INDIANAPOLIS (WISH) — Hundreds of new fans were welcomed to the Indianapolis Motor Speedway Friday morning. Most of them weren’t old enough to drive, but exposing them to the world of racing is an opportunity many have never experienced.
You can feel the excitement in the air as race day gets closer. Welcoming this diverse pool of students is another way the Indianapolis Motor Speedway is taking on the initiative to Race for Equality and Change. In addition to being exposed to race culture, these kids are meeting top people in the racing world, and entrepreneurs.
In the crowd of hundreds of school children, you’ll find 11-year-old Shannel Faulkner.
“The way they look, it just looks good and they look like they can go really fast,” Faulkner said in reference to the race cars.
Like so many others, this is her first time at the track, so there’s a lot to take in and it’s not just fun for her.
“I’m into cars,” Shannel’s father Elijah said. “We like to go to car events and car shows. I’m in a car club.”
There is a deeper motive behind this field trip. A chance to expose these kids to a new world. A world working to diversify the spectacle of racing.
“Who knows, maybe one of them will want to be a race car driver one day,” Shannel’s mother, Tempestt Matthews, said.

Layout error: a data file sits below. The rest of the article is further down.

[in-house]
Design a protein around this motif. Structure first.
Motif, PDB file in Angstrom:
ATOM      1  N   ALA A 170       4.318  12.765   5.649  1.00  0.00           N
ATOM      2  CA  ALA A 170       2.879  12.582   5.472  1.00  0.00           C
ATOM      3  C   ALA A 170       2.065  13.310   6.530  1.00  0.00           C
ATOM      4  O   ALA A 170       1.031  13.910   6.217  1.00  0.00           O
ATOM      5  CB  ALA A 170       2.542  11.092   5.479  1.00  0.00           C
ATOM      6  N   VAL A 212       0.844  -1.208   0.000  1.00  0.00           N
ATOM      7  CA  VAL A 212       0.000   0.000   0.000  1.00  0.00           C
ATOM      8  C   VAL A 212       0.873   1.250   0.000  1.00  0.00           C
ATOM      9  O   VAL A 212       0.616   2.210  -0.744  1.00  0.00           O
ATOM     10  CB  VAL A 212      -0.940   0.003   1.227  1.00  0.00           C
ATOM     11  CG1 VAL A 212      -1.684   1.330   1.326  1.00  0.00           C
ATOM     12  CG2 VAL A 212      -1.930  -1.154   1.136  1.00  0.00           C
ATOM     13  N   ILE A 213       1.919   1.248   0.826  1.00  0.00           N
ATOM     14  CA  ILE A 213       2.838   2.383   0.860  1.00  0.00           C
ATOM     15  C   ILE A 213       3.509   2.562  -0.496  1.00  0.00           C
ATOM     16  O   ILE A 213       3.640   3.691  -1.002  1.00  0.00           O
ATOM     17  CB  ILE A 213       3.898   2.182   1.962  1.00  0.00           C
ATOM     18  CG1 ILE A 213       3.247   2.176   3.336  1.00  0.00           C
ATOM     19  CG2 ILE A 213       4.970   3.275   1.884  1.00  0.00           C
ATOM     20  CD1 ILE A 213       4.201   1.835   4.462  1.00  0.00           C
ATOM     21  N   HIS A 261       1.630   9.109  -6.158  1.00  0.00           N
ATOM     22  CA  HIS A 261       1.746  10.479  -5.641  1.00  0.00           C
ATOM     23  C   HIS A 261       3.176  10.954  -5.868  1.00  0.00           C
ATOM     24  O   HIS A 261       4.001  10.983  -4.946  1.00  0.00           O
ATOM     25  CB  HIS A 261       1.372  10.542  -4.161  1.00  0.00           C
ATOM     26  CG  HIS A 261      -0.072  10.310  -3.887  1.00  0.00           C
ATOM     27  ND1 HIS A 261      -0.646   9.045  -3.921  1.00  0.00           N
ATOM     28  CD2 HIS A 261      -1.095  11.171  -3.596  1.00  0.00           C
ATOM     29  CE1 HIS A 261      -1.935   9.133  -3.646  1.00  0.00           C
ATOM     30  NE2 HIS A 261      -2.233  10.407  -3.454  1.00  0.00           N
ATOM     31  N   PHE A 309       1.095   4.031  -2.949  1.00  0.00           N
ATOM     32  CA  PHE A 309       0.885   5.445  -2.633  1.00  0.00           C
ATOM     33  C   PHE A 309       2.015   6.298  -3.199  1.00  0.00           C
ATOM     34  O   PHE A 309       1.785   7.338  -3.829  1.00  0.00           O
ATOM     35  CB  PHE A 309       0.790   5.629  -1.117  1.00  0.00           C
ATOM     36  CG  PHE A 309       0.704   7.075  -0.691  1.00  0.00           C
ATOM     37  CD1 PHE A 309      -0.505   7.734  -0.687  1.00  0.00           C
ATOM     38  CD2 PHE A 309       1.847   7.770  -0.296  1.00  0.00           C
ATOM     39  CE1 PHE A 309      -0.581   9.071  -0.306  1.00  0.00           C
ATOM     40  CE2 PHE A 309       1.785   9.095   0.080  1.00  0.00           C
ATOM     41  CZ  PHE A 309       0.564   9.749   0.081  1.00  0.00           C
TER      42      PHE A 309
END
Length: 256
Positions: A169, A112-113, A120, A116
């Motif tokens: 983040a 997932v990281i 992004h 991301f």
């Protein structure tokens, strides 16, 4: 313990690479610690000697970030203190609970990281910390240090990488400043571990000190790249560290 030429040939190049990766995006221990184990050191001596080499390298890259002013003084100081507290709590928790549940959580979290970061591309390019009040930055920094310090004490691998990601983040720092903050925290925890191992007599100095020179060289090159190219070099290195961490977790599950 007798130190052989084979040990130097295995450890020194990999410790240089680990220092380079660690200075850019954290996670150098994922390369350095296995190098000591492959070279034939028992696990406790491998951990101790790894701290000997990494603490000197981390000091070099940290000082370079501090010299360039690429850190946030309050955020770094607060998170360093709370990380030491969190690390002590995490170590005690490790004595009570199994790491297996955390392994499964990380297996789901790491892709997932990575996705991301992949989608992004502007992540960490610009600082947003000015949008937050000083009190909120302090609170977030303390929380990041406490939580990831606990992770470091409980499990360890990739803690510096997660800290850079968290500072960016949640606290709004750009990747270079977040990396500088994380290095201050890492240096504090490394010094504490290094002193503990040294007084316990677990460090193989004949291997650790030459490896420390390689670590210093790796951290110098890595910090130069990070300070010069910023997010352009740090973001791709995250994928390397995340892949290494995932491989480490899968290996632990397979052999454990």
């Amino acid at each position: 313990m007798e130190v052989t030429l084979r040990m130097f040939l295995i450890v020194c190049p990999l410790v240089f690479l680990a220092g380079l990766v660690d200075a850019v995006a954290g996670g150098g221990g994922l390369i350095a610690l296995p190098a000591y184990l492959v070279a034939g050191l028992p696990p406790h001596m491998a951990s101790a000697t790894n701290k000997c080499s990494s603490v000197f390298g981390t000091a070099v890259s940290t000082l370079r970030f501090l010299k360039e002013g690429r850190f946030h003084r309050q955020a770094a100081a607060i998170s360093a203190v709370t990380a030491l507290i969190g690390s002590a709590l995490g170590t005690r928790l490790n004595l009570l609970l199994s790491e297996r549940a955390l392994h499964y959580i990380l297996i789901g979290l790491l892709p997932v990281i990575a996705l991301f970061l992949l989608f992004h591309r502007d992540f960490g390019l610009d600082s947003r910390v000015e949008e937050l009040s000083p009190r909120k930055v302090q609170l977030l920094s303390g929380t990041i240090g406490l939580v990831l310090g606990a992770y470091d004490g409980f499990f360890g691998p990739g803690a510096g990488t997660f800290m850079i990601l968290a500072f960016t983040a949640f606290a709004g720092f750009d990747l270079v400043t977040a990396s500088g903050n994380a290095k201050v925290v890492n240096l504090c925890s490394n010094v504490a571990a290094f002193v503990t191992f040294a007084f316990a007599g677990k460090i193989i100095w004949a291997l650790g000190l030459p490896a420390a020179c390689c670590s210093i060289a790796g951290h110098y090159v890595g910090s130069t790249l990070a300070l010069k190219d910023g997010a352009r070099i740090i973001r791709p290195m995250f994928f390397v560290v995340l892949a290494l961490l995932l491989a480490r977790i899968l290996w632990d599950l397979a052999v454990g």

Two years ago, IMS Race for Equality and Change began. This continues the mission. They are welcoming roughly 600 kids to track. Jimmie McMillian is the Chief Diversity Officer.
“Kids can’t be what they can’t see. Exposure is everything. We’re trying to role model and put models, mentors, and people in front of them that they can relate to,” McMillian said.
They are showing the kids top leaders in racing and entrepreneurship, and the range of careers are available here. Adding it doesn’t matter if you are a boy or a girl, the exposure here could be what helps light a spark to help kids change the community.
“And that’s what we’re trying to do. Use this place to say these are all of the things that your education can lead you to,” McMillian said.
While many of these kids may not grasp the bigger picture, that is okay for now.
“The cars are really cool,” Faulkner said.